There are lots of abject inventions in the museum that declares itself a "shrine to history's epic failures".
Who can forget the late John DeLorean's gull-winged DMC-12, immortalised as the time machine in the Back to the Future movies?
The four-times-married former General Motors executive was charged with attempting to traffic $US20 million worth of cocaine to save his motor company after an FBI sting operation at LA airport in 1982. Though he was later acquitted (police entrapment), neither his nor his car's reputation ever recovered.
Then there is the "Bic For Her" pen – in pink and purple colours – designed "to fit into a small hand". Timing is often everything, and it didn't go down well in 2011, some 50 years after the birth of Feminism.
Similarly, Harley Davidson's Cologne for Men enjoyed only a short shelf life (apparently most women aren't turned on by a scent of leather, sweat and motorcycle oil). As did Sony's Betamax (but which child today remembers the victor, JVC's VHS?)
However, the strangest thing about Hollywood's Museum of Failure – less than 25 metres away from the Dolby Theatre that hosts the Oscars each year – is that it's actually a success.
Some of the world's greatest companies are represented here. Ford had the Edsel. Hewlett-Packard (HP) had the TouchPad. Coca-Cola had its disastrous attempt to go for a sweeter-recipe New Coke in the 1980s to ward off the "Pepsi Challenge" from its arch rival.
But lest today's I-Gen teenagers think all such terrible commercial and scientific errors were made in the "dark ages" (ie before the internet and the mobile phone), let's focus on Apple and Google.
In August 2018, Apple became the first company in history to be "worth" $US1 trillion. Google's market capitalisation at the same time was a mere $US845 billion.
That was certainly the view when Apple (in its interregnum between Steve Jobs) unveiled the Apple Newton in 1993.
Then-Apple CEO John Sculley launched the Newton as the world's first Personal Digital Assistant (PDA). It could take notes, remember contact details, send faxes (I-Gen readers, ask your parents!) and was in the forefront of hand-held computers. Its key feature was that it could fit into a suit pocket or a handbag.
It bombed, but you'll recognise many of those features in the device Jobs launched on June 29, 2007: the iPhone.
Too long in the past? Hands up those wearing Google glasses? Launched in 2013, the Google Glass was a portable computer designed as eyewear – allowing you to take photographs, read your emails and issue instructions by voice-activated commands.
It, too, was pilloried. But don't bet against wearing something similar in a decade's time and considering it part of modern life.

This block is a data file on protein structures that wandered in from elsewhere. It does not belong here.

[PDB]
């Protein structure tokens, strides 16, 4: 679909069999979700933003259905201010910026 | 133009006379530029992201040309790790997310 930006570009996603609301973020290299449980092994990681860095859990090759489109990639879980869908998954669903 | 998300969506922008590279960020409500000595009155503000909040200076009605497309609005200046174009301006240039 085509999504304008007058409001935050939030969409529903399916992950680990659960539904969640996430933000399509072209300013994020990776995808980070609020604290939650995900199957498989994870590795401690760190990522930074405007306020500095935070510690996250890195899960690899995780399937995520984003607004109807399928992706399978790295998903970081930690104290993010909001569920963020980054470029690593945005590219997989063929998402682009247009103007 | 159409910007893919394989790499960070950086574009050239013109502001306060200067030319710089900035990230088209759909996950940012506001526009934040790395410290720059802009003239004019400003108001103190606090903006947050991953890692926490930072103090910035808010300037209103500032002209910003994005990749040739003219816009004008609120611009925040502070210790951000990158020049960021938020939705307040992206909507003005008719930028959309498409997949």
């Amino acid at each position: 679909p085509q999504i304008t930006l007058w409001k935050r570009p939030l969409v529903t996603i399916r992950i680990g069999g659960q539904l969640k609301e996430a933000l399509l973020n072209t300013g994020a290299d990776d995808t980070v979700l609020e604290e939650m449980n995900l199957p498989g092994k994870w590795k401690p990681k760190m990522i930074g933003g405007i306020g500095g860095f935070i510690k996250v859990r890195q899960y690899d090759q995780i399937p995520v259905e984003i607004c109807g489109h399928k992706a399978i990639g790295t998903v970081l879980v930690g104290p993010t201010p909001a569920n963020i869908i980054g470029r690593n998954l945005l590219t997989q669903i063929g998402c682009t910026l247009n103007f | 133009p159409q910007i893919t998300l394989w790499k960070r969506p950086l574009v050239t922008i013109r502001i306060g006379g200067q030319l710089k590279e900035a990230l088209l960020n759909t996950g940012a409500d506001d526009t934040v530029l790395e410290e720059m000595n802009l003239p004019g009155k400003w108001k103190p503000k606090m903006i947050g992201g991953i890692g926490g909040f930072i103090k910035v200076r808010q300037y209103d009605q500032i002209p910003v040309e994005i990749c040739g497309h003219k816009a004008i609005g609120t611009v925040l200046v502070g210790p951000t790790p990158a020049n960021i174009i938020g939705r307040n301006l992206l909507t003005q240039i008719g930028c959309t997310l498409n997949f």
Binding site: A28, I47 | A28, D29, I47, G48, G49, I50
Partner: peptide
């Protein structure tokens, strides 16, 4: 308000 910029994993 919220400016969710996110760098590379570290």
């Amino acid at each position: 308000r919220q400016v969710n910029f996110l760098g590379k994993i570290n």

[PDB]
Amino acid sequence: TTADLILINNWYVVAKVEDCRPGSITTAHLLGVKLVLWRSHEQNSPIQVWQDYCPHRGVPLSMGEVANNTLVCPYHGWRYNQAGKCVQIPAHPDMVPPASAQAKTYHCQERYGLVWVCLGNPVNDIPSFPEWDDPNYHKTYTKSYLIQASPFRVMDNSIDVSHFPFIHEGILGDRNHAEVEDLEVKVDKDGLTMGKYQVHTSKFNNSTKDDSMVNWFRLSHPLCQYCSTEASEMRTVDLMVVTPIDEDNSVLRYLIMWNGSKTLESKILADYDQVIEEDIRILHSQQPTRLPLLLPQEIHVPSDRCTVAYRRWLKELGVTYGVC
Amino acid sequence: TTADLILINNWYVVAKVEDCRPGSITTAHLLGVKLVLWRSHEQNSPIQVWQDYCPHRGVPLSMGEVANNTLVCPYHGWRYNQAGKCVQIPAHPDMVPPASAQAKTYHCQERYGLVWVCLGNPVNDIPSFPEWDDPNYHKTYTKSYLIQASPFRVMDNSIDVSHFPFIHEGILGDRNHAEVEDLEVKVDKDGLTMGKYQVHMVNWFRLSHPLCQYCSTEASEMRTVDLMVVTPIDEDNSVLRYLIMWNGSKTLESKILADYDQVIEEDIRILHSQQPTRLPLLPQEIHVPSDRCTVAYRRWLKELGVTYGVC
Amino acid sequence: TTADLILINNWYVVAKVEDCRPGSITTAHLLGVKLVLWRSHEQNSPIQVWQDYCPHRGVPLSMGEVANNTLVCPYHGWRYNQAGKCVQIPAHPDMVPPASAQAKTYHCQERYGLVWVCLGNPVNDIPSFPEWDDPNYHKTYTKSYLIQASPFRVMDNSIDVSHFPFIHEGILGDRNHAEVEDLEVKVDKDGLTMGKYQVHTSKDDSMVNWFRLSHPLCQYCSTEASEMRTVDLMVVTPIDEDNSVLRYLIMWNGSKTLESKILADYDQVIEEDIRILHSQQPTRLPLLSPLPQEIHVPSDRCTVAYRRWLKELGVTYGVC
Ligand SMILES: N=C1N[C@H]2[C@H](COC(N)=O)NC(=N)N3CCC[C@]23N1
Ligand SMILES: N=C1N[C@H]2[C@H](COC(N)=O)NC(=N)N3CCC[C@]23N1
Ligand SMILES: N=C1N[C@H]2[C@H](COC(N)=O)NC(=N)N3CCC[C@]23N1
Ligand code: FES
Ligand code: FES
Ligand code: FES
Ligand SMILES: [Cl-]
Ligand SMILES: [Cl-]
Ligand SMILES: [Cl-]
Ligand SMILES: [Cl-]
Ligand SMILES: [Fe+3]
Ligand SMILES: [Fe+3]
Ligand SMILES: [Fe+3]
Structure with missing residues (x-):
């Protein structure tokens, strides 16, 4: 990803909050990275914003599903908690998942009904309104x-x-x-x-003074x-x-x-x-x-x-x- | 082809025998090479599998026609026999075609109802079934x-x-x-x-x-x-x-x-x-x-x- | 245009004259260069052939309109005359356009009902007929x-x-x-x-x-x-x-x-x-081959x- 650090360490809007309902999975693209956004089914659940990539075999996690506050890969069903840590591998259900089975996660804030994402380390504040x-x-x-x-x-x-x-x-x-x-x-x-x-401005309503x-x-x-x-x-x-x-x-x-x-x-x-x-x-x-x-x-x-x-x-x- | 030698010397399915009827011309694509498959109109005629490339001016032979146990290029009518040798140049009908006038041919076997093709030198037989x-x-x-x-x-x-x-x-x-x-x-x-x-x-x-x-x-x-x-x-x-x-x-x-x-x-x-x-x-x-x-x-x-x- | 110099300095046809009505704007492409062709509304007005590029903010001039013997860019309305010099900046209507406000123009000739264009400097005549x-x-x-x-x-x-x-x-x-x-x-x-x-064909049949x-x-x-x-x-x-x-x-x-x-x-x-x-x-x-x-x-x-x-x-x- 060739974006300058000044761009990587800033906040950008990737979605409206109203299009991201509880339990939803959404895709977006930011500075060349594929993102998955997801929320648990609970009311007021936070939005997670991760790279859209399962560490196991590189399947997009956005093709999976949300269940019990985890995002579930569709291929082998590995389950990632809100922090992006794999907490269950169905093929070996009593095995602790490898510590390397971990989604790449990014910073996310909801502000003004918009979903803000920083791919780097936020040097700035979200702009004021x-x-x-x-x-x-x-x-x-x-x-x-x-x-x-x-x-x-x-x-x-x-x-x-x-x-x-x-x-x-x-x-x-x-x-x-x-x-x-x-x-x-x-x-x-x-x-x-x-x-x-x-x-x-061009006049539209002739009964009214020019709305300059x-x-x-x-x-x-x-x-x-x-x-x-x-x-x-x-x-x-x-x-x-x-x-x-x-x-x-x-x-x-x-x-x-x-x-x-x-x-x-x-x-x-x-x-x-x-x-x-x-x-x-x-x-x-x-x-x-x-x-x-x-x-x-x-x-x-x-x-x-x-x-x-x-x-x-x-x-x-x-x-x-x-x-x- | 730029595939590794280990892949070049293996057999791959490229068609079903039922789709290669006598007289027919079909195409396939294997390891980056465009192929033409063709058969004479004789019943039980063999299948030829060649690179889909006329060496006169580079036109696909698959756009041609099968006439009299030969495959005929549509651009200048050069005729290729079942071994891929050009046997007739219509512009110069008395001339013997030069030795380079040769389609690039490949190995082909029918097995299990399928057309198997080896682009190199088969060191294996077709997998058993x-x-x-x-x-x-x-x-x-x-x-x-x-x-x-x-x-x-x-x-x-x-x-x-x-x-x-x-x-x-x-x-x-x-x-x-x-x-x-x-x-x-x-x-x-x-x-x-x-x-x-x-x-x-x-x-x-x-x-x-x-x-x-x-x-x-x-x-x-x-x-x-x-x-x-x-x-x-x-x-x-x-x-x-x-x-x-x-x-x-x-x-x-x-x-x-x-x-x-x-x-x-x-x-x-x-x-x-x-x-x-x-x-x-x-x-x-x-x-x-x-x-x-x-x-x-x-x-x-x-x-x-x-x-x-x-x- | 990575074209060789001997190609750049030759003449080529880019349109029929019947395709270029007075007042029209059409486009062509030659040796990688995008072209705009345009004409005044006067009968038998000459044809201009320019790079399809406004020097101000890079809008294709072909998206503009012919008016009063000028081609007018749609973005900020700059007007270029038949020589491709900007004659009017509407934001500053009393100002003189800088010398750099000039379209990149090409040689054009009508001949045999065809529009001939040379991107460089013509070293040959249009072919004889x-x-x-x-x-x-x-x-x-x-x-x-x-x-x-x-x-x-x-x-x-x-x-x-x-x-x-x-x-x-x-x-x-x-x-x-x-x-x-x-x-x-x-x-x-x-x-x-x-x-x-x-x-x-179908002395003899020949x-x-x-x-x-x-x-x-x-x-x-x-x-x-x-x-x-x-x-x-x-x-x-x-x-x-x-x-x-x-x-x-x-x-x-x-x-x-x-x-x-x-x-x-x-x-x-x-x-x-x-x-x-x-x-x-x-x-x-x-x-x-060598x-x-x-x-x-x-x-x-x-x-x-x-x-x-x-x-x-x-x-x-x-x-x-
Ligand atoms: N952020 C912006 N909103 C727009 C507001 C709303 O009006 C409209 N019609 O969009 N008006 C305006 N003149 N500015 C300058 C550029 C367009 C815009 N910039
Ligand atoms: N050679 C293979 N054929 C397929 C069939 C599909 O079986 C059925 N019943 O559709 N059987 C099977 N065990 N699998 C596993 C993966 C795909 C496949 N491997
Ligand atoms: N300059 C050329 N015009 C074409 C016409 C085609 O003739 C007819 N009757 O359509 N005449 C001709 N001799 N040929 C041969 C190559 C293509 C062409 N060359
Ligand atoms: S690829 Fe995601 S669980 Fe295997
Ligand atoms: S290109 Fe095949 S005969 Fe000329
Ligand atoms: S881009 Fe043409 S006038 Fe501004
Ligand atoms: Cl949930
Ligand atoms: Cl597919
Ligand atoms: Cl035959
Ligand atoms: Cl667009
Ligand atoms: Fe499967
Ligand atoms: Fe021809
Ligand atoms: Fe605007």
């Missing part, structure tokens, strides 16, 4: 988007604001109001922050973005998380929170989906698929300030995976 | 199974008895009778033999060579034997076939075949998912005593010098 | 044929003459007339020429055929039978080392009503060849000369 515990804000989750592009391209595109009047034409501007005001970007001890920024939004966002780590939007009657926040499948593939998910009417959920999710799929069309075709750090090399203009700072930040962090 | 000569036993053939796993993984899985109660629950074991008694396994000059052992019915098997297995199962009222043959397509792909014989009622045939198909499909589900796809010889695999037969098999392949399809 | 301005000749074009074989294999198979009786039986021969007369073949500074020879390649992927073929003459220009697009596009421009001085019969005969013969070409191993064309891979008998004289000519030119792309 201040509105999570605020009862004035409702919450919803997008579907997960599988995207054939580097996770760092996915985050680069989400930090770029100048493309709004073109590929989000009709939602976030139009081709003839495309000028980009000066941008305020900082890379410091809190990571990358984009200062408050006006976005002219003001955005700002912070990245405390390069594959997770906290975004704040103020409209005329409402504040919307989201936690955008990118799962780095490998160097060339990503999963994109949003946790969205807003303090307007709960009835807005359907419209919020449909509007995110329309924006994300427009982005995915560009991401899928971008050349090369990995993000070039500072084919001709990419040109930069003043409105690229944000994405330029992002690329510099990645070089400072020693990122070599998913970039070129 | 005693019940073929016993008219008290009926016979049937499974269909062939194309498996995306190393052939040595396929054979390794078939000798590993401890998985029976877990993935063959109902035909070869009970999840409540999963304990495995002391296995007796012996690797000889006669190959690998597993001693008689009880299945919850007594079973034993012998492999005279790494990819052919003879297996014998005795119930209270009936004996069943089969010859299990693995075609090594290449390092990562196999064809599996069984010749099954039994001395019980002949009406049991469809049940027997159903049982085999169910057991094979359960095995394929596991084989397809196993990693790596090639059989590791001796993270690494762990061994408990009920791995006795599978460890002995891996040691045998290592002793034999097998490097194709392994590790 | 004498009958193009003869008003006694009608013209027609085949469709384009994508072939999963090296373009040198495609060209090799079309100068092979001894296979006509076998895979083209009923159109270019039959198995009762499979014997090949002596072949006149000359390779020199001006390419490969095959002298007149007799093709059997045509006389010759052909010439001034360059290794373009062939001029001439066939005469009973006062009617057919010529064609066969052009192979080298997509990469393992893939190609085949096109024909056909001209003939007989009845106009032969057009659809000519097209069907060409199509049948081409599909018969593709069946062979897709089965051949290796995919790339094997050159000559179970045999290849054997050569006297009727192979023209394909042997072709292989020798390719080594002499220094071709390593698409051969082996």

That's the point of the Museum of Failure.
For every exhibit that makes you laugh out loud in a "what-were-they-thinking" way – yes, Colgate toothpaste really did issue a range of frozen lasagnas – there are many others that were great ideas, just ahead of their time in terms of technology and market awareness.
The museum's founder, clinical psychologist Dr Samuel West, conceived the concept while researching the thin line between innovation and failure.
When his museum first opened, in Helsingborg, Sweden, he explained "the majority of innovation projects fail" and that his collection was intended to provide a "unique insight into the risky business of innovation".
Now that his much-expanded collection has moved to Hollywood, with travelling exhibitions around the world for the first time in 2018, it is reinforcing his central message: that most successful innovators have experienced the bitter taste of failure.
You'll love the bizarre exhibits. Kellogg's OJ's lasted less than a year, despite claiming a bowl would contain the same Vitamin C goodness of a glass of orange juice – especially if orange juice rather than milk was poured over the brightly coloured cereal!
Many mighty male (and a few female) innovators are here to be mocked.
None more so than the orange-haired guy who launched his Monopoly-like real estate game in 1989.
Launched the year after the book The Art of the Deal was published, Trump: The Game was a commercial disaster. . But it was re-released in 2004 (with the same photo, but a new catchphrase: I'm back and you're fired!).
Anyone heard of him since?
Steve Meacham was a guest of Hollywood Roosevelt.
Qantas, United and several other airlines fly to Los Angeles daily from Australia's east coast.
Hollywood Roosevelt – scene of the first Oscar ceremony, and many Oscar after-parties. See: thehollywoodroosevelt.com
Museum of Failure: failuremuseum.com